Continuing the weekly arguments that 2016 was not all bad, I’ve created a series of posts designed to exonerate the year. This is the third installment in that series.
A year ago this week I was plugging away at life with new year fervor. I was doing the work. I published the first set of self-portraits. I cranked out my planks. I brought meaningful insights to book club, I took project photos, I practiced Pilates and power yoga. And I was running, running, running. I was diligent in 2016.
Then we got a snow day. Snow days generally mean I get to spend an entire day writing, so I did. Danielle asked me how I wanted to feel when I go to bed at night. Among my answers I wrote soothed—body and mind. Well, that doesn’t just happen, ya know. If that’s how I wanted to feel then I would have to do something to facilitate that feeling. I’d need to identify the things that soothe and make them happen before bed. That’s when I began to develop The Method. The Method is a series night-time soothing rituals that prime me for sleep and keep me out of the clutches of insomnia. These include early dinner, no exercise after 7 pm, no screens after 9 pm (especially phone), soften lighting progressively two hours before bed, add scent, no noise, no stimulation, no chores, no problem-solving, set everything to Do Not Disturb, wash up, read, sleep. I valued self-care in 2016.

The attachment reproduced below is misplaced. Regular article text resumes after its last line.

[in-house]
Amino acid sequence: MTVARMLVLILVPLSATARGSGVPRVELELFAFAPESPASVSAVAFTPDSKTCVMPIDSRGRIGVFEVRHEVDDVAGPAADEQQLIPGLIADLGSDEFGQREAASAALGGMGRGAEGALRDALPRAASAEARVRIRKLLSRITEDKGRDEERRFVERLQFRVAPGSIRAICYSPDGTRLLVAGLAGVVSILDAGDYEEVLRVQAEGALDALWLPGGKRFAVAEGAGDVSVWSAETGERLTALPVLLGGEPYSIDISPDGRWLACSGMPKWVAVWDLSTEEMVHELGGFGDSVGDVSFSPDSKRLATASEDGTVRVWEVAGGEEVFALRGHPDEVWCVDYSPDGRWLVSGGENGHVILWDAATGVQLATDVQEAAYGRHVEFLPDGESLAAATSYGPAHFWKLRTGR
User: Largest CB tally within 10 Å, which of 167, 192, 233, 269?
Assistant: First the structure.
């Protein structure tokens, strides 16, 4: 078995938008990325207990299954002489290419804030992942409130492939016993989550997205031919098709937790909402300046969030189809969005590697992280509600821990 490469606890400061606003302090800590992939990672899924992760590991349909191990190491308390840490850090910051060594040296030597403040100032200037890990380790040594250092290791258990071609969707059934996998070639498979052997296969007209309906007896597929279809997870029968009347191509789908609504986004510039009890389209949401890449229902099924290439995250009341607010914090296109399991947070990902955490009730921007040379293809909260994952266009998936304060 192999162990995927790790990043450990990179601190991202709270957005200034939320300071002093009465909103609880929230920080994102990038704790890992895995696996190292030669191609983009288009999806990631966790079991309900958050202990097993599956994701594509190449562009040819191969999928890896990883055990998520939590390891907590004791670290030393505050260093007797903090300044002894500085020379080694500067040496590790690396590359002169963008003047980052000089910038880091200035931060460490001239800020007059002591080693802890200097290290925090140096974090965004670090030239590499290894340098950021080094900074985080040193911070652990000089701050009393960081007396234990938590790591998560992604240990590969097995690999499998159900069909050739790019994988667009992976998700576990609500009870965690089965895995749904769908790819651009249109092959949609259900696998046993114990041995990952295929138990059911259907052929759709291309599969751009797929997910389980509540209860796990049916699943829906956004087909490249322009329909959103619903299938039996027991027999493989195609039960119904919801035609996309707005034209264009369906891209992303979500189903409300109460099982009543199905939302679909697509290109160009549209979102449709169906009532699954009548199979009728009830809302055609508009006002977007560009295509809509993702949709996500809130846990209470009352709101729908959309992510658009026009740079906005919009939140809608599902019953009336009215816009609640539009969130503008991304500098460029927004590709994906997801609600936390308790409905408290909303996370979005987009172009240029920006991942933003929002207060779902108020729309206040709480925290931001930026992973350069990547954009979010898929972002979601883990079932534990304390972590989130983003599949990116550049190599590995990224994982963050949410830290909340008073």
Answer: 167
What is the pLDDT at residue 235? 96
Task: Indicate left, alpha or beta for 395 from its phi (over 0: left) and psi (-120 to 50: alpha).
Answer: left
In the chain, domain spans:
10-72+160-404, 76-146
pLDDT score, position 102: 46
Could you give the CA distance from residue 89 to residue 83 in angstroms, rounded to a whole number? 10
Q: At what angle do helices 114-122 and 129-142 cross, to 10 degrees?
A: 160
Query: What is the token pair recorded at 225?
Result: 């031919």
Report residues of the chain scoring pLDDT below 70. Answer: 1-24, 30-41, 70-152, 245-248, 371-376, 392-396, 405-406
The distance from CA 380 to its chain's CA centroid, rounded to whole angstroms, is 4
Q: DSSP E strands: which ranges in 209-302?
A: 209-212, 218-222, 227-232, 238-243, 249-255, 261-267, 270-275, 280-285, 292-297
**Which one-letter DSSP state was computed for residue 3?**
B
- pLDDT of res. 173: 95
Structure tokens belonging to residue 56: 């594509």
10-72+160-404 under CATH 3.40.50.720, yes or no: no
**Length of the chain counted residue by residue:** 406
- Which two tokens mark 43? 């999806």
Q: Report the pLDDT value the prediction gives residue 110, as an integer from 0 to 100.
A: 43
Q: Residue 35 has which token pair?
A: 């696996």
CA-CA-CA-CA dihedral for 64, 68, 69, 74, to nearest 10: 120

A year ago this week I was chewing on the issue of leadership. I’m classified as ENFJ, the classic Protagonist. The Leader. The Director. Among the charismatic 2% of the population, along with Oprah and President Obama. Yup. This I knew. This I embraced. But a year ago this week I asked myself when it might be okay not to lead. I made a list of all the leadership positions I’d held over the years and asked, “Wasn’t that enough?” I asked if it wouldn’t be okay to say No so I could be an artist for a while. I confessed:
I prompted growth in 2016.
A year ago this week I created self-portraits, honing my budding craft of amateur double exposures. I developed new skills in 2016.
A year ago this week I struggled HARD with negativity in Facebook groups. I didn’t want a new set of rules to make everyone behave; I just wanted out. I was tempted to bail. But I hung in there, trying so hard to make it work. That’s one of my signature moves. I hang on to dead or dying relationships trying to will them back to life. I always stay too long, grinding it out long after I should have left. I drag out the inevitable, trying to figure out a way to save it, manage it, rejuvenate it. In this case I mean my relationship to Facebook was dying and not my friendships.
I’d hang in with Facebook another handful of months using my participation in these groups as an excuse. Jenny Lawson mentioned that at one time Facebook was wonderful (I think she said awesome) and that it wouldn’t take much to make it wonderful again. I didn’t want to give up five minutes before that happened. I didn’t know at the time that my earnest hopes would go unsatisfied and I’d eventually opt out in the interest of wellness. I was optimistic in 2016.
Many bad things happened in 2016, yes. But no, it was not all bad. It was a practice.
— Abbey Bat Watthour
(out baby bathwater)